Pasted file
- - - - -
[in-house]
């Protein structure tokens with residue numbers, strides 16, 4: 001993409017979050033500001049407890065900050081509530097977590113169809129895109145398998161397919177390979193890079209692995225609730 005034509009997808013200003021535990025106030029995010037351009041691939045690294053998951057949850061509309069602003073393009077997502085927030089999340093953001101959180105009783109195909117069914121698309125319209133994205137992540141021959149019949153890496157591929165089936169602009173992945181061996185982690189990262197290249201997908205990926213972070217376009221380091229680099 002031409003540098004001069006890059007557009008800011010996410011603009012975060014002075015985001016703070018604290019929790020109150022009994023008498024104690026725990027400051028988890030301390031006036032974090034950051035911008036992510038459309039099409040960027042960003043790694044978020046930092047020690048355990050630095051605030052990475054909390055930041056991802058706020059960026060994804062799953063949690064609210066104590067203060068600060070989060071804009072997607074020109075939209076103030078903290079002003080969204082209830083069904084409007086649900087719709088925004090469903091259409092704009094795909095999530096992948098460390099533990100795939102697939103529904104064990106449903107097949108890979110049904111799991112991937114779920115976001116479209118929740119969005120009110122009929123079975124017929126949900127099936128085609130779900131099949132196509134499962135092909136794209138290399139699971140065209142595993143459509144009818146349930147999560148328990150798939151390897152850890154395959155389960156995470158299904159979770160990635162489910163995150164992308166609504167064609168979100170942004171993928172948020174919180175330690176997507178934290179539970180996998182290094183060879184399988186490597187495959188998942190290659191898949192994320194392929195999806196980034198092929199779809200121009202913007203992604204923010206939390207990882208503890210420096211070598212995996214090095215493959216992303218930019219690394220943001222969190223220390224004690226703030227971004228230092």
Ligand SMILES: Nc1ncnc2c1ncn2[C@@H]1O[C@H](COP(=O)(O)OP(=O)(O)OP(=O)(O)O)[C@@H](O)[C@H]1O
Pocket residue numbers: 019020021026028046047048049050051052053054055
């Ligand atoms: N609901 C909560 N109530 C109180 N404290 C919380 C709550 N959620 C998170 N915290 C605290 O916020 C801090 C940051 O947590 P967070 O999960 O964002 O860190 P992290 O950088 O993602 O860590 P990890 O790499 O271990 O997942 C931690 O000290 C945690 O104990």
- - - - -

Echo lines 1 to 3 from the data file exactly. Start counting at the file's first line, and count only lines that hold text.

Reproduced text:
[in-house]
């Protein structure tokens with residue numbers, strides 16, 4: 001993409017979050033500001049407890065900050081509530097977590113169809129895109145398998161397919177390979193890079209692995225609730 005034509009997808013200003021535990025106030029995010037351009041691939045690294053998951057949850061509309069602003073393009077997502085927030089999340093953001101959180105009783109195909117069914121698309125319209133994205137992540141021959149019949153890496157591929165089936169602009173992945181061996185982690189990262197290249201997908205990926213972070217376009221380091229680099 002031409003540098004001069006890059007557009008800011010996410011603009012975060014002075015985001016703070018604290019929790020109150022009994023008498024104690026725990027400051028988890030301390031006036032974090034950051035911008036992510038459309039099409040960027042960003043790694044978020046930092047020690048355990050630095051605030052990475054909390055930041056991802058706020059960026060994804062799953063949690064609210066104590067203060068600060070989060071804009072997607074020109075939209076103030078903290079002003080969204082209830083069904084409007086649900087719709088925004090469903091259409092704009094795909095999530096992948098460390099533990100795939102697939103529904104064990106449903107097949108890979110049904111799991112991937114779920115976001116479209118929740119969005120009110122009929123079975124017929126949900127099936128085609130779900131099949132196509134499962135092909136794209138290399139699971140065209142595993143459509144009818146349930147999560148328990150798939151390897152850890154395959155389960156995470158299904159979770160990635162489910163995150164992308166609504167064609168979100170942004171993928172948020174919180175330690176997507178934290179539970180996998182290094183060879184399988186490597187495959188998942190290659191898949192994320194392929195999806196980034198092929199779809200121009202913007203992604204923010206939390207990882208503890210420096211070598212995996214090095215493959216992303218930019219690394220943001222969190223220390224004690226703030227971004228230092």
Ligand SMILES: Nc1ncnc2c1ncn2[C@@H]1O[C@H](COP(=O)(O)OP(=O)(O)OP(=O)(O)O)[C@@H](O)[C@H]1O